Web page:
*/
        	String line = input.readLine();
        	//Now we display this line to the user
        	System.out.println(line);
     
        	/* Before entering the loop that reads the rest of the file, we want to advance the line
        	 * by using the readLine() method again. Doing this will make sense later.
        	 */
        	line = input.readLine();
     
        	/* Now we want to get each int in each line. So, we want to use a loop to go through
        	 * the document. Based on what we know about the document, we can continue to go until
        	 * we no run into the line that reads: "End of File". When using BufferedReader, we have
        	 * to read in each line, so we can do this by comparing the value of our line variable.
        	 * BEWARE OF INFINITE LOOPS! To hopefully prevent infitite loops AND to prevent null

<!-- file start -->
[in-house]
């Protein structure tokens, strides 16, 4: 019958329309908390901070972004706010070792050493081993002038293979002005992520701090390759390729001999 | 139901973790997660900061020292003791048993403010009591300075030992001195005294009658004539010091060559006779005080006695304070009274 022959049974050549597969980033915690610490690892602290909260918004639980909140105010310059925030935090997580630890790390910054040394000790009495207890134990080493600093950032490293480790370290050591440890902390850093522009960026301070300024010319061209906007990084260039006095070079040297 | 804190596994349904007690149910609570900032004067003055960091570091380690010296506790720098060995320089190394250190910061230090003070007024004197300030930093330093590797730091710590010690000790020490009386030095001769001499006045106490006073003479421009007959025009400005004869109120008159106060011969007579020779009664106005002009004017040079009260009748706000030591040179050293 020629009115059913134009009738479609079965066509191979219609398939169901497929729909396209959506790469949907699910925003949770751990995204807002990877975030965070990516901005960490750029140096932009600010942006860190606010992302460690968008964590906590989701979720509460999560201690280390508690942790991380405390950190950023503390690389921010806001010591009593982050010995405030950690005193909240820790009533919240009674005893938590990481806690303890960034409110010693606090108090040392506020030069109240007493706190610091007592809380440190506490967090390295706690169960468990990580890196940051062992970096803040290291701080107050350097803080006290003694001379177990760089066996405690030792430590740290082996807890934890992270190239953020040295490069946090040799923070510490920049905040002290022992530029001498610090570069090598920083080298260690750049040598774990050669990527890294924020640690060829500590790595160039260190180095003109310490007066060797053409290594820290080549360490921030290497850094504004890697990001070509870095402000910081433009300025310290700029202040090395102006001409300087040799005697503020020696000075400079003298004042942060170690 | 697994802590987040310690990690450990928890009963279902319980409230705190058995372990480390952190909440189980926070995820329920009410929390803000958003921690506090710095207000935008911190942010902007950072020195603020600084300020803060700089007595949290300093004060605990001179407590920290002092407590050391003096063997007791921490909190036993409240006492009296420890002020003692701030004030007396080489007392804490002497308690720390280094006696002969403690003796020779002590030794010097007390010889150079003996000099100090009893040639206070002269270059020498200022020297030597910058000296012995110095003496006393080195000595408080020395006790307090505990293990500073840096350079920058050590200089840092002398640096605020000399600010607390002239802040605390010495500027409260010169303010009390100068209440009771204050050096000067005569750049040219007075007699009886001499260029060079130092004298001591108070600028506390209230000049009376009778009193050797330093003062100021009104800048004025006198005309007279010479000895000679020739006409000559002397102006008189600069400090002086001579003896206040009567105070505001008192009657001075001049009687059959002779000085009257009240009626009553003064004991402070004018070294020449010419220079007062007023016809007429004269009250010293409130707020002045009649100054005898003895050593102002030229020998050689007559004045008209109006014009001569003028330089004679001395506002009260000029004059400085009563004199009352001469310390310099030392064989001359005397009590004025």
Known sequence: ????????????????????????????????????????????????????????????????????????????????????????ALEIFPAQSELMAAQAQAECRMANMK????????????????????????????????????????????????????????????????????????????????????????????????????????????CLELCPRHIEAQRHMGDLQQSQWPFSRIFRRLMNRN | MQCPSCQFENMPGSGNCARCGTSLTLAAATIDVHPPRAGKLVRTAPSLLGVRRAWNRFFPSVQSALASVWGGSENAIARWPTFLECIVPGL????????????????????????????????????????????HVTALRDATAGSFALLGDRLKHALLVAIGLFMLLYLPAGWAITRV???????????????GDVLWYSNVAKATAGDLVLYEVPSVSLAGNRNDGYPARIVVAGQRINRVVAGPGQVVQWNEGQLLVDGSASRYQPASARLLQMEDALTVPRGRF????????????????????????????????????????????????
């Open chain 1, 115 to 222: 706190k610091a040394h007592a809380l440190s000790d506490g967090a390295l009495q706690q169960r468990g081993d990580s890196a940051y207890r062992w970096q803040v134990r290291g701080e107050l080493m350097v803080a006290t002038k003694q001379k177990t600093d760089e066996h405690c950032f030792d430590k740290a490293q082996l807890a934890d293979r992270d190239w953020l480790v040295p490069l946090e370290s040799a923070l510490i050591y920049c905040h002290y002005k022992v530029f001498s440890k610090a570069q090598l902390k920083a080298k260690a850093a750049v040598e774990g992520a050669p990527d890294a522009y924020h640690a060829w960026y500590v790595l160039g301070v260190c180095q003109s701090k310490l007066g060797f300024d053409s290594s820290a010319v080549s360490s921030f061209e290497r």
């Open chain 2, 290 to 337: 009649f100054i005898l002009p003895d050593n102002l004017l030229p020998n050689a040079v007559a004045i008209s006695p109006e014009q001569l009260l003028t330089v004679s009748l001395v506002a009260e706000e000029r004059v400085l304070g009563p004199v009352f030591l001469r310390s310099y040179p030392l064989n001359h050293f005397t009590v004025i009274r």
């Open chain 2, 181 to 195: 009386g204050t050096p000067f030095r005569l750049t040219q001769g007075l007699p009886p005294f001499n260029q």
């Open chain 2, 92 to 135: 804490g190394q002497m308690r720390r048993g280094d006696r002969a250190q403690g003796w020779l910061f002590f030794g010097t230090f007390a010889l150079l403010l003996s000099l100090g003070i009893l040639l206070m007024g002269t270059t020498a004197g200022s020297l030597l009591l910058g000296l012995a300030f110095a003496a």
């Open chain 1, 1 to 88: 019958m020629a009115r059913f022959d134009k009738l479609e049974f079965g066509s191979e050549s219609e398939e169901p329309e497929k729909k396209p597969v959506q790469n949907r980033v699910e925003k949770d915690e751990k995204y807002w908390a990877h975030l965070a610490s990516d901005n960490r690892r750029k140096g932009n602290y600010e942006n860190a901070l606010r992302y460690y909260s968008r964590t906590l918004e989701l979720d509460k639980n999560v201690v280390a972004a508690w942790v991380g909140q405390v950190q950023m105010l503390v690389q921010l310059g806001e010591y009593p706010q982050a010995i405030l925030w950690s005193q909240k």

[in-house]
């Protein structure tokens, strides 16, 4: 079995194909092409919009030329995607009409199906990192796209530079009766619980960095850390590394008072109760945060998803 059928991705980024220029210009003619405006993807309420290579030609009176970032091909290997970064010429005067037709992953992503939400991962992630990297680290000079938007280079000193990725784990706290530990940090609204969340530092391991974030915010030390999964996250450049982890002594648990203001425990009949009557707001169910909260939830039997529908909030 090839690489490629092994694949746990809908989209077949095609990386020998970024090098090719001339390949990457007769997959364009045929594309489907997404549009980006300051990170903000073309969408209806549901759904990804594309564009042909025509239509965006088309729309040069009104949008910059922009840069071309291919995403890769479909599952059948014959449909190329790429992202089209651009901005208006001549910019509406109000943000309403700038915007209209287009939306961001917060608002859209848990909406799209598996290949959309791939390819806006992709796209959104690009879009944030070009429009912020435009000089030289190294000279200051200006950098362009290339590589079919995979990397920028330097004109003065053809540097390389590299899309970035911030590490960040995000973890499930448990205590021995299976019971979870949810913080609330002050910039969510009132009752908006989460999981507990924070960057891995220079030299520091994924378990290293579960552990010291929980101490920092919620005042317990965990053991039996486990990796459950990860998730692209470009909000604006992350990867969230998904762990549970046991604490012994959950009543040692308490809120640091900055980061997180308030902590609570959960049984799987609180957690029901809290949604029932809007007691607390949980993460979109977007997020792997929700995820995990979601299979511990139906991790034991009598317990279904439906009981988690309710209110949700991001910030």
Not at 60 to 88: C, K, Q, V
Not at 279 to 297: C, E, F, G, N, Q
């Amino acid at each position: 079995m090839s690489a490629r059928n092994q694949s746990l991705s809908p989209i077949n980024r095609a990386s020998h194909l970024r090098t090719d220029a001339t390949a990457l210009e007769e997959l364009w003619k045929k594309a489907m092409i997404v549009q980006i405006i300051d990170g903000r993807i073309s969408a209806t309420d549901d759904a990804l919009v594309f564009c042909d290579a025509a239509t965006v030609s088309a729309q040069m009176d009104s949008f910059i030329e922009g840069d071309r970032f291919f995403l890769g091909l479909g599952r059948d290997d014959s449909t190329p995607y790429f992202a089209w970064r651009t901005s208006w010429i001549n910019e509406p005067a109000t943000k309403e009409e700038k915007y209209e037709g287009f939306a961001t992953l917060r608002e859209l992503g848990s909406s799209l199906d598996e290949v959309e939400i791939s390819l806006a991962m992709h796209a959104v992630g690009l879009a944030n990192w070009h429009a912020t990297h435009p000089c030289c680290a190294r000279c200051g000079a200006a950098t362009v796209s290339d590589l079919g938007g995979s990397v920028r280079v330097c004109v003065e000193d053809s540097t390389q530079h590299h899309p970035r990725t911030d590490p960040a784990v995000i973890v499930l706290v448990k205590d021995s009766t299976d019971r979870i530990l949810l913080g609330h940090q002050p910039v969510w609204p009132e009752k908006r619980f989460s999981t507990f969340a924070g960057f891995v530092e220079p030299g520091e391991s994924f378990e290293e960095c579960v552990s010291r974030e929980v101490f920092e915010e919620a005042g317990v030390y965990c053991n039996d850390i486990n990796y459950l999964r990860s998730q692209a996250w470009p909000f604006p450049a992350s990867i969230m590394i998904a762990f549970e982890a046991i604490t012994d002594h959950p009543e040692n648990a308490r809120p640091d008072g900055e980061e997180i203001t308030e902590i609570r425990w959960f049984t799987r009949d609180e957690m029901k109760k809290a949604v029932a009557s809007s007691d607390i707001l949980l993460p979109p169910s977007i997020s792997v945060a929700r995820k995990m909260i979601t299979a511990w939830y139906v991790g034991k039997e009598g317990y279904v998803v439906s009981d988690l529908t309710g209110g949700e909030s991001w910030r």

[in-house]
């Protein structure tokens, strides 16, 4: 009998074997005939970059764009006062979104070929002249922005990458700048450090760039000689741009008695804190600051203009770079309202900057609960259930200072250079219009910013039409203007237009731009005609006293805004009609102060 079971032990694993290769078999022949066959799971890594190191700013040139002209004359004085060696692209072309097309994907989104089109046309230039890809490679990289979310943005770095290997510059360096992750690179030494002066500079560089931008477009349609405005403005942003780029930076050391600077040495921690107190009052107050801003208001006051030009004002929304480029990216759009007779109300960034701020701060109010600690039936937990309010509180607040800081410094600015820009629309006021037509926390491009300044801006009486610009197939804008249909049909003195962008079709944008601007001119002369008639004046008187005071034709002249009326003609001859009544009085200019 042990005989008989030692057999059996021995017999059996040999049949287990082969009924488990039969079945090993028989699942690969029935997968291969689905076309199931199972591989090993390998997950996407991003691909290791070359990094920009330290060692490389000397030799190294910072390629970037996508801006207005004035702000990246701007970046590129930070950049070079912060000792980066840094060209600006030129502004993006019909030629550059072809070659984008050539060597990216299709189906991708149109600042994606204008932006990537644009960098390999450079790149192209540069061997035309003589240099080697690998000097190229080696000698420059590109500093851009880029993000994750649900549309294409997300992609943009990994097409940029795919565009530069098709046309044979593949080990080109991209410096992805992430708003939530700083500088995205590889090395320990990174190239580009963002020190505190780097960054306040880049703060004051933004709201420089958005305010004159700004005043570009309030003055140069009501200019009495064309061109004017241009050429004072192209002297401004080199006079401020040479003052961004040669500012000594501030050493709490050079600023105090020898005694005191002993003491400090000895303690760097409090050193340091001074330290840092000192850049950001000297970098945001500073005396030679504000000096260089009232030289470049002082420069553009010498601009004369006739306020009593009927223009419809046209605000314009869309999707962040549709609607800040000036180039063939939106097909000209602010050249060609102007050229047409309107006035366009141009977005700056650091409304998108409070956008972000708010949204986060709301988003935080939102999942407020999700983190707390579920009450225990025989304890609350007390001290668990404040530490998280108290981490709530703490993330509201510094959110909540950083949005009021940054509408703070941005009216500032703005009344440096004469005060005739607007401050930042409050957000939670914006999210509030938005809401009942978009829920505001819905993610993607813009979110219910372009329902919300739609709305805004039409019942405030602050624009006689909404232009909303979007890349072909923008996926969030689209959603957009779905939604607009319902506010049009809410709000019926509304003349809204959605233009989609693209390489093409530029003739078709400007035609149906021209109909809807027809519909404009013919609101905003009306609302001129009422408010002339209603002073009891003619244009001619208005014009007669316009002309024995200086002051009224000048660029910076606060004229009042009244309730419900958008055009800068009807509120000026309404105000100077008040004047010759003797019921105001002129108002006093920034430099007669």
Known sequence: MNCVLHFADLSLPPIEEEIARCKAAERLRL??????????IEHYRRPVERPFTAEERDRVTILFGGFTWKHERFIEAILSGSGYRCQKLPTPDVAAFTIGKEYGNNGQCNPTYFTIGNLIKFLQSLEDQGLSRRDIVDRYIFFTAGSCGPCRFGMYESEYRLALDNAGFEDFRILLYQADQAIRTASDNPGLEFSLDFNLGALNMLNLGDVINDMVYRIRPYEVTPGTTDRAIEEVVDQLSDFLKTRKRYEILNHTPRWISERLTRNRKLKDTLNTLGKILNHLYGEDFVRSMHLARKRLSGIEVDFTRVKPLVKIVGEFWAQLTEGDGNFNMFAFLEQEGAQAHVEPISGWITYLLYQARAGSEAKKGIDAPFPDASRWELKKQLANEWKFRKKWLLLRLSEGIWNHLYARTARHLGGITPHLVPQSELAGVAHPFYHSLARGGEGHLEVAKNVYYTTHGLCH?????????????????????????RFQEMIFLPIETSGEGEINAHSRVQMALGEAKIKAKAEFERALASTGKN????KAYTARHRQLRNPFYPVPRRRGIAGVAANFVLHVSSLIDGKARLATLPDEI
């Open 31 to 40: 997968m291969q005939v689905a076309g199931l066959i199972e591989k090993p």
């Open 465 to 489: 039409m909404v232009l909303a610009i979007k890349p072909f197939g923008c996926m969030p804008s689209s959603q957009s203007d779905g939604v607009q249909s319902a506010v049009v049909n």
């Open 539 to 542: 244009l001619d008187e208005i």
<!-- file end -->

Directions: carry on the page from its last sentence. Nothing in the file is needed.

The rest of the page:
* pointers, we also take into account of line being null (no more lines in file).
        	 */
        	while(!line.equals("End of File") && line!=null)
        	{
        		/* Now, BufferedReader doesn't allow us to do things so easily as Scanner. We have
        		 * to use something called a StringTokenizer to parse through each line. When we
        		 * create a StringTokenizer, we want to send it the line we are reading in.
        		 */
        		StringTokenizer tokenizer = new StringTokenizer(line);
        		/* Now we want to get all the ints out of this line. So, we are going to assume we